Butler has depth to replace Hopkins

September, 13, 2012
09/13/12
11:58
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Butler's Brad Stevens has coached within minutes of winning two national championship games, but he hasn't had to dismiss one player during his five-year career as a head coach.

Until now.

The decision to dump starting guard Chrishawn Hopkins this week didn't come easily. But according to Stevens it was a necessity because Hopkins violated an unspecified team rule.

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Brad Stevens and Chrishawn Hopkins
AP Photo/Mark HumphreyCoach Brad Stevens and Butler will be without starting guard Chrishawn Hopkins (right), who was dismissed from the team this week for violating team rules, for their inaugural Atlantic 10 season.
"People refer to all the celebrations and good times in coaching but these are the hard days,'' said Stevens. "If you're going to talk about and live by the standards that you set for the program, then regardless of wins and losses you have to move forward. You have to [take] the importance of the program and the privilege to play seriously. There was an unfortunate situation and now we have to wish Hop the best. It was a difficult thing to do as a head coach.''

Butler failed to make the NCAA tournament last season a year after reaching the 2011 title game, where it fell 53-41 to Connecticut. The Bulldogs went through a transition period last season after losing Matt Howard and Shelvin Mack. They ended up reaching the College Basketball Invitational semifinals before losing to Pitt.

The hope was that Hopkins would be a fixture on the floor for Butler during what should still be an NCAA tournament-caliber season as they move from the Horizon League to the more challenging Atlantic 10 conference.

"He was a very good player and we were looking to him for consistency,'' said Stevens. "But we've got a number of guys under consideration for that spot. We have depth, and there are players who weren't necessarily in the top six who now have an opportunity.''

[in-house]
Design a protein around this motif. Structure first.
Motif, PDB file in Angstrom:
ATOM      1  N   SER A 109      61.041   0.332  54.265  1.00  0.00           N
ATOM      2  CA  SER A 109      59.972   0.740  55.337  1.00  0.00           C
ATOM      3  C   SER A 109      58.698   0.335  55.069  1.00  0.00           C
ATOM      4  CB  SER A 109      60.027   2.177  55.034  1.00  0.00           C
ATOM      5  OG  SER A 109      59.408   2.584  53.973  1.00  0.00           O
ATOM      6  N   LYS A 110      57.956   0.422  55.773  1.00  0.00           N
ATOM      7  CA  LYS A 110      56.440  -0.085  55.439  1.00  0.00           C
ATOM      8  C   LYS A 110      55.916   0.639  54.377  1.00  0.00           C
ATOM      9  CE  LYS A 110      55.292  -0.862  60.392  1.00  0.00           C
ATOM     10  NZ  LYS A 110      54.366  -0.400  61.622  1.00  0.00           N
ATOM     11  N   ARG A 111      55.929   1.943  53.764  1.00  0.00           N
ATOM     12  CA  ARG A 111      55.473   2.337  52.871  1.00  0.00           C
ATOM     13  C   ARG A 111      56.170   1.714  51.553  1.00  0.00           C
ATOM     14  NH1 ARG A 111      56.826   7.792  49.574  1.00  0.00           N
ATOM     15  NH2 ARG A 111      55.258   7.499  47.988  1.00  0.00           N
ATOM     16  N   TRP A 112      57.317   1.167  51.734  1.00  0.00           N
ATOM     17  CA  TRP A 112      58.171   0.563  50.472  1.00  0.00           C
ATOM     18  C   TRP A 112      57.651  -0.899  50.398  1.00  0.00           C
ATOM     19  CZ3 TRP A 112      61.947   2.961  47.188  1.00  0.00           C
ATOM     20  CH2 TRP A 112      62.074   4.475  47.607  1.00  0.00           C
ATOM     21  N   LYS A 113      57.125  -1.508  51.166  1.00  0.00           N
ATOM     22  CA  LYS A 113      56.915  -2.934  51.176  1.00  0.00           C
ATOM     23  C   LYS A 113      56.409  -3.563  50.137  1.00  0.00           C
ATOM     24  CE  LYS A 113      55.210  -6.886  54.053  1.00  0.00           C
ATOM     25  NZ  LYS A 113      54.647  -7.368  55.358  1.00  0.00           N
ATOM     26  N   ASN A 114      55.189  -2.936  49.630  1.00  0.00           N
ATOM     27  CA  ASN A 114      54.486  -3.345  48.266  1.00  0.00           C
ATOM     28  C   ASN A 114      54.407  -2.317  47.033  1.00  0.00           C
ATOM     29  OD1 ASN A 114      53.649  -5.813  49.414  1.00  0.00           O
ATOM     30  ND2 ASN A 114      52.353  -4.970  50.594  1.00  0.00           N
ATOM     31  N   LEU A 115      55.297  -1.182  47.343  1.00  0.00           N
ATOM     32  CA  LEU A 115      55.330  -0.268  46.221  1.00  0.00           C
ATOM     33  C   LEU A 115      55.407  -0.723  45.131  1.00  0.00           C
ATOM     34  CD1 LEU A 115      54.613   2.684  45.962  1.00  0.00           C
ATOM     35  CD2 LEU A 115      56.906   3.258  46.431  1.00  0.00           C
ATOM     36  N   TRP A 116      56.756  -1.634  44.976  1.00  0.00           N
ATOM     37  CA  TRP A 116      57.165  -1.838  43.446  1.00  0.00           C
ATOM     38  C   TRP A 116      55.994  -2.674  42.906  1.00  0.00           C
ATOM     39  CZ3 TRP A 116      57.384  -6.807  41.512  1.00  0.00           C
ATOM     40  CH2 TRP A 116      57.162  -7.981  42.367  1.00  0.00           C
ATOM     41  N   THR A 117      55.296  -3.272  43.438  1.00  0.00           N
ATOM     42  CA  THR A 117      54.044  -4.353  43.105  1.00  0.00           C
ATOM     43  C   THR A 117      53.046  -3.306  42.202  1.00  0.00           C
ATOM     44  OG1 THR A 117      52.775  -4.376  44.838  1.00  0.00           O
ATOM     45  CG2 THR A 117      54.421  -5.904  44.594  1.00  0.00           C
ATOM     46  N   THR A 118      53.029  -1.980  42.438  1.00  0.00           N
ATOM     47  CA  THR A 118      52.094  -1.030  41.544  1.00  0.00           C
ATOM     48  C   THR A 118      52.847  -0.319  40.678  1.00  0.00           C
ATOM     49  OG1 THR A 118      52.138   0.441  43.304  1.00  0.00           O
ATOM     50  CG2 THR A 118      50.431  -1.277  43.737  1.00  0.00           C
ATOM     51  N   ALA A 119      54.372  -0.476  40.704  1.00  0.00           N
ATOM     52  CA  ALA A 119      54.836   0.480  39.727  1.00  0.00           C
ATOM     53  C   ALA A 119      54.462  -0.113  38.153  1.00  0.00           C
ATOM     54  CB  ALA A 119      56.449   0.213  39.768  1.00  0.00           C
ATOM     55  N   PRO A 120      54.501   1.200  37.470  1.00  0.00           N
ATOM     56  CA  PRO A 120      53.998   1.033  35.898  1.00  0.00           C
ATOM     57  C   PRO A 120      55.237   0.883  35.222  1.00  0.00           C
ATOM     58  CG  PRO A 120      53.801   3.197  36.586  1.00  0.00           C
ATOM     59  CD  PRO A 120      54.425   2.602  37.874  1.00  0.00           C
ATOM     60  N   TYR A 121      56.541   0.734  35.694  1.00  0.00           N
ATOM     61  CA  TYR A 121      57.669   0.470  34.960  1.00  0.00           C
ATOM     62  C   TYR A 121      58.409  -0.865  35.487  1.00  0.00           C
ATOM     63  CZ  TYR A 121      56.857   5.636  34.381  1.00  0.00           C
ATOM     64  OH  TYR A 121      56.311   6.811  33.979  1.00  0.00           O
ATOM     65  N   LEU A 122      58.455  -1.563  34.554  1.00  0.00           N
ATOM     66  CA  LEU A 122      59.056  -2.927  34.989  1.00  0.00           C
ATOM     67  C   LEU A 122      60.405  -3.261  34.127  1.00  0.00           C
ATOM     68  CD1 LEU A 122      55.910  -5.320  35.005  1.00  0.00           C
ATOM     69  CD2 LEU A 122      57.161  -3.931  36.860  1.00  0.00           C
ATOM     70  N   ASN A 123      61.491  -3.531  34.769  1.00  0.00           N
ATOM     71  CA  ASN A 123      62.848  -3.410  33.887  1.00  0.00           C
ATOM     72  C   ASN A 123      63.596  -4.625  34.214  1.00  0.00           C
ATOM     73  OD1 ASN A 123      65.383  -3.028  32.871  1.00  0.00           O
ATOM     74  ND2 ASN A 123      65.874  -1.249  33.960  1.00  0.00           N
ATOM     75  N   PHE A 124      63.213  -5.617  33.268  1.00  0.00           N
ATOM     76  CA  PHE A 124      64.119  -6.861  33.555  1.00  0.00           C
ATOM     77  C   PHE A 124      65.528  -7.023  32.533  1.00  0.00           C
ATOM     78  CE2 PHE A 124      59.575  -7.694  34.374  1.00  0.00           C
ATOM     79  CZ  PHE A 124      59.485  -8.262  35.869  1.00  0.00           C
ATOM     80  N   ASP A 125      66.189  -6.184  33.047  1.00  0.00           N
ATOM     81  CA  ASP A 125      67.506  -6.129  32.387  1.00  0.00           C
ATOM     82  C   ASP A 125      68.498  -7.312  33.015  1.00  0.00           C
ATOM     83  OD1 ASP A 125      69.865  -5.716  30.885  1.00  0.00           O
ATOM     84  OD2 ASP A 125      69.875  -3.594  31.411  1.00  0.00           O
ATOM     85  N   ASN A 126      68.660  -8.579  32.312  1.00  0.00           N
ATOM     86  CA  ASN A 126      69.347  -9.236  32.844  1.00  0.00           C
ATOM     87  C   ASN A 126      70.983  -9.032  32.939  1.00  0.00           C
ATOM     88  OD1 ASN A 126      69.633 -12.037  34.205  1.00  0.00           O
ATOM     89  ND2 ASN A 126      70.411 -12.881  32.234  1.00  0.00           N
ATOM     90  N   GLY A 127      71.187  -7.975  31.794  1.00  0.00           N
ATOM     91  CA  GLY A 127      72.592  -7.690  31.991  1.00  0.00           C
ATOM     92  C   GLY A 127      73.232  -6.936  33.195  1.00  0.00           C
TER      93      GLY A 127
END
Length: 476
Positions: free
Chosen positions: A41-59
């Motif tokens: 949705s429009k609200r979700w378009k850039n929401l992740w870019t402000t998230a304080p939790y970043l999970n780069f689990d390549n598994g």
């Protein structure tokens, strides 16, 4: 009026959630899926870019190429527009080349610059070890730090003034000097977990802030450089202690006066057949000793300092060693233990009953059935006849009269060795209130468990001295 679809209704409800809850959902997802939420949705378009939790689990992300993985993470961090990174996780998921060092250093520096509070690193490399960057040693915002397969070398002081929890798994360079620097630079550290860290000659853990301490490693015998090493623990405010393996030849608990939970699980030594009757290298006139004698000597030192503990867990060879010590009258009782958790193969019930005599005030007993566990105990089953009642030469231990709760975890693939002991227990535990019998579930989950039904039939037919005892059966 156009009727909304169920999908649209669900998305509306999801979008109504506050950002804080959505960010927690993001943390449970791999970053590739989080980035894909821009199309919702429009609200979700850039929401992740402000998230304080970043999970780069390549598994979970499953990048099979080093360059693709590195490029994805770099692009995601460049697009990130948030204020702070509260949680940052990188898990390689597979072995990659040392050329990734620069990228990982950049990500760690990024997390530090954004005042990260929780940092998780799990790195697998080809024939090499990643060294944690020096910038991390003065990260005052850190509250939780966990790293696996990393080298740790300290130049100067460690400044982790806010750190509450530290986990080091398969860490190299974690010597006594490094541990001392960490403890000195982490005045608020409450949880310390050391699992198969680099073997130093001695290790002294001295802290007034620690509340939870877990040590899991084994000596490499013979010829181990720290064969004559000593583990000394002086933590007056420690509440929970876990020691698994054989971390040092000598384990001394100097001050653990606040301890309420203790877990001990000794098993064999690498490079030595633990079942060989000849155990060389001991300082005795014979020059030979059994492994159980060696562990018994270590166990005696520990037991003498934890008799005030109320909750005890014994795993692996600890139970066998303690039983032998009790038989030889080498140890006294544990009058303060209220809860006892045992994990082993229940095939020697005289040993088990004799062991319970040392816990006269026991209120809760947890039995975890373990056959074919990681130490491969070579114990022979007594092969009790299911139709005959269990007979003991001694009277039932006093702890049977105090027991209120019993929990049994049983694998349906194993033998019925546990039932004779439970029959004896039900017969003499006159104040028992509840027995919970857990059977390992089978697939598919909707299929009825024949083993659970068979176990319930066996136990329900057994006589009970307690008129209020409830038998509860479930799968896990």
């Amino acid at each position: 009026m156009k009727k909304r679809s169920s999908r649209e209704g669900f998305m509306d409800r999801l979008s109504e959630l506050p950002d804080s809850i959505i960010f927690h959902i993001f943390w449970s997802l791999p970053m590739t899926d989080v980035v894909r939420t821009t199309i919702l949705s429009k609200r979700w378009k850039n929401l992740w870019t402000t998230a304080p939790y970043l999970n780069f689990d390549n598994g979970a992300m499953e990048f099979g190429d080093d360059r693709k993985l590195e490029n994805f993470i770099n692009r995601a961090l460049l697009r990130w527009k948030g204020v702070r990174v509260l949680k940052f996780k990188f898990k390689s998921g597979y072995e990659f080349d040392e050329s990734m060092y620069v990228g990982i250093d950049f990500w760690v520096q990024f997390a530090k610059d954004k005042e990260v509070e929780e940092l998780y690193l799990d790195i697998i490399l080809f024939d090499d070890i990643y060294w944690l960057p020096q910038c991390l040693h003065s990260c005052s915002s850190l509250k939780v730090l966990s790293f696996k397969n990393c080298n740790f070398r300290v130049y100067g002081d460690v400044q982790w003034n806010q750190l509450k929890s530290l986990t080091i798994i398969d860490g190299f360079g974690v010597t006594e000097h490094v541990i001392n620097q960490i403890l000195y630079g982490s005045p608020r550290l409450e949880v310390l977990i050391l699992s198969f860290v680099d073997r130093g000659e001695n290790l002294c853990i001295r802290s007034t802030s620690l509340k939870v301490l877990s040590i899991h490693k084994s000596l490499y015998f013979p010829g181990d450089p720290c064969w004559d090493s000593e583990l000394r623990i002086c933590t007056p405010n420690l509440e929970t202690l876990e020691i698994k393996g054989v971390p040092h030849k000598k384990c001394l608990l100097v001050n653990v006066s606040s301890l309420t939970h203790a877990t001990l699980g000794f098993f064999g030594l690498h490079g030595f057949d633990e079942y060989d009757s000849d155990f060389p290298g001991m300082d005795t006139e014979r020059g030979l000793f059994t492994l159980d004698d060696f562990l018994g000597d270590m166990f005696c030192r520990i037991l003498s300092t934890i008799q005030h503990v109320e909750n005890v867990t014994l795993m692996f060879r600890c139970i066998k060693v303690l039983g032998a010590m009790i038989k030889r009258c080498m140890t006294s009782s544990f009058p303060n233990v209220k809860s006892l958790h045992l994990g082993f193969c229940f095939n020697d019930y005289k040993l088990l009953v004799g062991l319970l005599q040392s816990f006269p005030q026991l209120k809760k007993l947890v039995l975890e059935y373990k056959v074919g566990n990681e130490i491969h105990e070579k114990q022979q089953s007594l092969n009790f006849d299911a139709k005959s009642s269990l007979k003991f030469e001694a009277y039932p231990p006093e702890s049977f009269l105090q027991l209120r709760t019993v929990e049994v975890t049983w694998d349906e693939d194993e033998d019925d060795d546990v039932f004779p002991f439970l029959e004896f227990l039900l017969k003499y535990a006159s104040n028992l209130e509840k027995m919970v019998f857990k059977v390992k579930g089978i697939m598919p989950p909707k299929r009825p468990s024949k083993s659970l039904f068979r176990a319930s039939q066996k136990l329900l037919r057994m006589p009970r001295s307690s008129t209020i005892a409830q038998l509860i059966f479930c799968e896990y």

Stevens said he may go with a bigger wing in place of Hopkins, such as Chase Stigall (who is two inches taller than Hopkins, at 6-3) or "talented freshman" Kellen Dunham, who is 6-5. Or Butler could go with a combination of smaller ballhandlers in 5-11 Alex Barlow and 6-foot Jackson Aldridge as well as 5-11 freshman Chris Harrison-Docks.

Hopkins' departure doesn't change who will handle the ball for Butler. Arkansas transfer Rotnei Clarke will be in control on the perimeter. Clarke is a deft shooter who also can create on the fly.

"Clearly Rotnei will play a lot,'' said Stevens. "He's a very, very, very good player and he's gotten better during his year sitting out. He's down six or seven pounds. He's worked extremely hard on his upper body. He took advantage of this year off as well as anybody I've seen.''

The frontcourt is stable with Andrew Smith and Khyle Marshall. The key will be if the newcomers can help Clarke immediately.

Butler will face Marquette on Nov. 19 in the Maui Invitational, where the Bulldogs will be on the same side of the bracket as North Carolina. Before leaving for Maui, Butler will play a non-conference game against new league foe Xavier. The Musketeers are depleted this season but still a tough out at the Cintas Center.

Butler had little time to finish its home schedule after a late-May decision to leave the Horizon League and join the A-10 a year early, instead of in 2013-14 as originally planned. The move forced the Bulldogs to pick up four games. They were able to schedule Penn and New Orleans at home and will start a home-and-home series at Northwestern on Dec. 8.

Stevens had to be creative in putting together his team's schedule. Now he has to be just as sharp about dealing with a sudden departure from his team. Stevens has handled every challenge so far in his brief career. Losing a rotation player a month before the season begins should pale in comparison to the pressure of winning the conference tournament, earning NCAA tournament bids and surviving five brutal games to reach the championship game.

Andy Katz | email

Senior Writer, ESPN.com

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